JpGU-AGU Joint Meeting 2017

Presentation information

[EE] Poster

S (Solid Earth Sciences) » S-SS Seismology

[S-SS04] [EE] Subduction zone dynamics from regular earthquakes through slow earthquakes to creep

Wed. May 24, 2017 5:15 PM - 6:30 PM Poster Hall (International Exhibition Hall HALL7)

[SSS04-P53] Fluid flow, fluid-rock interaction and slow earthquakes at the forearc mantle corner

*Yasushi Mori1, Miki Shigeno1, Tadao Nishiyama2 (1.Kitakyushu Museum of Natural History and Human History, 2.Kumamoto University)

Keywords:Albitization, Reaction-enhanced permeability, subduction-zone mélange, Slow earthquakes

The forearc mantle corner in subduction zones is a site of deep slow earthquakes such as low-frequency tremors, very low frequency earthquakes and short-term slow slip events. Geophysical observations suggest that these seismic activities are related to updip fluid flow along the slab-mantle interface and quartz deposition in the crust above the mantle corner (e.g., Audet & Bürgmann, 2014, Nature, 510, 389–392; Hyndman et al., 2015, J. Geophys. Res. Solid Earth, 120, 4344–4358). The geological evidence for the fluid flow has been reported from many subduction-zone mélanges (Bebout & Penniston-Dorland, 2016, Lithos, 240–243, 228–258, and references therein).

The question is, how the updip fluid flow is formed and maintained at the slab-mantle interface? Fractures probably play an important role of fluid pathways, but the life span of individual fractures could be short for the rapid sealing by vein minerals. We propose that fluid-rock interaction in subduction-zone mélange would sustain the fluid flow if reaction-enhanced permeability takes place.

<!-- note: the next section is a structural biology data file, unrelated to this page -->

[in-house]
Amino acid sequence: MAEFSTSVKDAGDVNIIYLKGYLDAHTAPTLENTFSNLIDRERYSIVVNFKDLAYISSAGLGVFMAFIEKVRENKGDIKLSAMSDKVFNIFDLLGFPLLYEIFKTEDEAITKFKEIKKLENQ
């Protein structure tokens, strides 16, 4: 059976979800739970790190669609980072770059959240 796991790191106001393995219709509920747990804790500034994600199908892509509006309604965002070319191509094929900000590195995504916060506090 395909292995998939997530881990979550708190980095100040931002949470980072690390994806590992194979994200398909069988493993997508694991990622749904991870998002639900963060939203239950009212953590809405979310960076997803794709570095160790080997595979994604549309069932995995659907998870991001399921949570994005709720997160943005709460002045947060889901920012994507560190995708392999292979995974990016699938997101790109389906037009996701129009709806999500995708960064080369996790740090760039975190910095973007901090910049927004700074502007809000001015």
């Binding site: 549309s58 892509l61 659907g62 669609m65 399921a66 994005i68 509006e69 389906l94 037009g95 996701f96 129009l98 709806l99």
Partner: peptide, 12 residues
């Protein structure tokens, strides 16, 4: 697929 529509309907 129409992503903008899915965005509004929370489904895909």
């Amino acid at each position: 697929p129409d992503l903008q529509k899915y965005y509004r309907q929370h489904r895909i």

We present an example of fluid-rock interaction and reaction-enhanced permeability in subduction-zone mélanges. The Nagasaki metamorphic rocks in Kyushu, Japan, consist mainly of Late Cretaceous schists and contain serpentinite mélanges. The metamorphic pressure and temperature are close to those of the forearc mantle corner (~0.8 GPa and ~440 oC). The serpentinite typically occurs as mélanges, in which metapelitic tectonic blocks have been albitized along the rims and cracks. The albitization is considered to be the result of fluid-rock interaction. The isocon analysis indicates that the albitization involves a loss of rock volume and extraction of silica from the blocks. The volume loss increases along with the reaction progress of the albitization.

Albitization is commonly found in the subduction-zone mélanges of the blueschist to eclogite facies. This suggests that reaction-enhanced permeability widely takes place at the slab-mantle interface. As a result, the subduction-zone mélanges probably become porous media, which act as sustainable channels of the updip flow of fluids (and silica) towards the site of deep slow earthquakes.